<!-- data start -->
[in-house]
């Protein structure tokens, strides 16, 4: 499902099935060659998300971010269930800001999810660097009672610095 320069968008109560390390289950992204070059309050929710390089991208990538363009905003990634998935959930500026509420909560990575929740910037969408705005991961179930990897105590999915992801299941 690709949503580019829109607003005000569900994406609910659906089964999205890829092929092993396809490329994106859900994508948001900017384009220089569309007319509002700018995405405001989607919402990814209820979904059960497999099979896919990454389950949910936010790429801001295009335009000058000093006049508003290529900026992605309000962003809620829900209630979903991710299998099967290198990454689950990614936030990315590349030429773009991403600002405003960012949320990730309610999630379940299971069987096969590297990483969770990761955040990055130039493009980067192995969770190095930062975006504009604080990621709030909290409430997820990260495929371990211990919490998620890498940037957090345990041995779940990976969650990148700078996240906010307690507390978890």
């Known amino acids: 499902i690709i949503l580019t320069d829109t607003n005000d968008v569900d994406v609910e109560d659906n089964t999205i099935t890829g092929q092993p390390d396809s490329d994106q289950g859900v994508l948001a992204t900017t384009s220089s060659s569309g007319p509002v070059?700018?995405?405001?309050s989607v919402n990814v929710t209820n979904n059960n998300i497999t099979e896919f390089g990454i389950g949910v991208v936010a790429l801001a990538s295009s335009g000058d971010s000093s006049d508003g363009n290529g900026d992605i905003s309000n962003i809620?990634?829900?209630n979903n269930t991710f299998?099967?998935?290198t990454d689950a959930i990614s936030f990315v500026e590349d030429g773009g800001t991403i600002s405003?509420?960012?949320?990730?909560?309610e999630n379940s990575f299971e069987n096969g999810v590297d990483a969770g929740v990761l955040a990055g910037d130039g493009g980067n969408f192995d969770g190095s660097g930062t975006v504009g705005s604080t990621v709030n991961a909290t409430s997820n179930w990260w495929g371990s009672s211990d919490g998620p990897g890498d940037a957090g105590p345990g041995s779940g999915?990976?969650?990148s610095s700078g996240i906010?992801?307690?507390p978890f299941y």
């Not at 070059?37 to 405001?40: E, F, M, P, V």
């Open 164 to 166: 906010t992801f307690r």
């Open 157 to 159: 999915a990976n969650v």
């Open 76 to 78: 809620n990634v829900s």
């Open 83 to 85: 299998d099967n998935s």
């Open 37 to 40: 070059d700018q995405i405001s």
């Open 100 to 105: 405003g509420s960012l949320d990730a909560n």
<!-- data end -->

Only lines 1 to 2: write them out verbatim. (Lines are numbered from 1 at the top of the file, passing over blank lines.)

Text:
[in-house]
């Protein structure tokens, strides 16, 4: 499902099935060659998300971010269930800001999810660097009672610095 320069968008109560390390289950992204070059309050929710390089991208990538363009905003990634998935959930500026509420909560990575929740910037969408705005991961179930990897105590999915992801299941 690709949503580019829109607003005000569900994406609910659906089964999205890829092929092993396809490329994106859900994508948001900017384009220089569309007319509002700018995405405001989607919402990814209820979904059960497999099979896919990454389950949910936010790429801001295009335009000058000093006049508003290529900026992605309000962003809620829900209630979903991710299998099967290198990454689950990614936030990315590349030429773009991403600002405003960012949320990730309610999630379940299971069987096969590297990483969770990761955040990055130039493009980067192995969770190095930062975006504009604080990621709030909290409430997820990260495929371990211990919490998620890498940037957090345990041995779940990976969650990148700078996240906010307690507390978890």